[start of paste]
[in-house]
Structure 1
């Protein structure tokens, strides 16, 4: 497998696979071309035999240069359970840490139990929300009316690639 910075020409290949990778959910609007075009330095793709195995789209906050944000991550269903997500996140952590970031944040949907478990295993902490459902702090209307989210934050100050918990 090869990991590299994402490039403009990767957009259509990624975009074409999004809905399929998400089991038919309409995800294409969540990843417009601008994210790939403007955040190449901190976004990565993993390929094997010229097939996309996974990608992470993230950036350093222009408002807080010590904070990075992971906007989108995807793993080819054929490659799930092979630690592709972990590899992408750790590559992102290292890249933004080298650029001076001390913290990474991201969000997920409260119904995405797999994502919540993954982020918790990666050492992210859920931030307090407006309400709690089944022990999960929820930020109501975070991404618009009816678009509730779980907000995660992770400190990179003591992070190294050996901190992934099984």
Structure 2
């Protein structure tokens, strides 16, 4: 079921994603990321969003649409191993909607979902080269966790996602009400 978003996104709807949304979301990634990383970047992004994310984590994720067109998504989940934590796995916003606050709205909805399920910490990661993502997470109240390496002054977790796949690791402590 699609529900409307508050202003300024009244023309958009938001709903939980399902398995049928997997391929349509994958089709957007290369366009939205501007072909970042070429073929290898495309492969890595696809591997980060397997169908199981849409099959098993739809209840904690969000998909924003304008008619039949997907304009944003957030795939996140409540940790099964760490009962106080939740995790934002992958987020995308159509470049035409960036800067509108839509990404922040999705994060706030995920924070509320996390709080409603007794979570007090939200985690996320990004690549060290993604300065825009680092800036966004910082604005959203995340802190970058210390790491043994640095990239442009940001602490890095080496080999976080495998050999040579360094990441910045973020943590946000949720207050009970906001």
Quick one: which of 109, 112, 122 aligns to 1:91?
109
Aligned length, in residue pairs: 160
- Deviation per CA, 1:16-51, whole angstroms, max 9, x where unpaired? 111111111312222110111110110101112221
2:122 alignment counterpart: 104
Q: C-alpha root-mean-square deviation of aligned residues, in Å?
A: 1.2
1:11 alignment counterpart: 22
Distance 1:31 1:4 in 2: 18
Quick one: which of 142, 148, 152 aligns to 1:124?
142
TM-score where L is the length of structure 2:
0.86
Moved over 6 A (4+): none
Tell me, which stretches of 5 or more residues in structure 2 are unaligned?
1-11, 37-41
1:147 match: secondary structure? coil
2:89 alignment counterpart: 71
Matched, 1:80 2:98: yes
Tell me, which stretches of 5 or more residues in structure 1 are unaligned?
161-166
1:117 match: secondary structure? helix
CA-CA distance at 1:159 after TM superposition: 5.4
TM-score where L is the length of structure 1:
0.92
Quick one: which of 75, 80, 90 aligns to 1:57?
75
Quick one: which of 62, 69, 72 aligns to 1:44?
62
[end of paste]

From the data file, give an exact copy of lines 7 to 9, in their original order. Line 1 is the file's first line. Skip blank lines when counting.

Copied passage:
109
Aligned length, in residue pairs: 160
- Deviation per CA, 1:16-51, whole angstroms, max 9, x where unpaired? 111111111312222110111110110101112221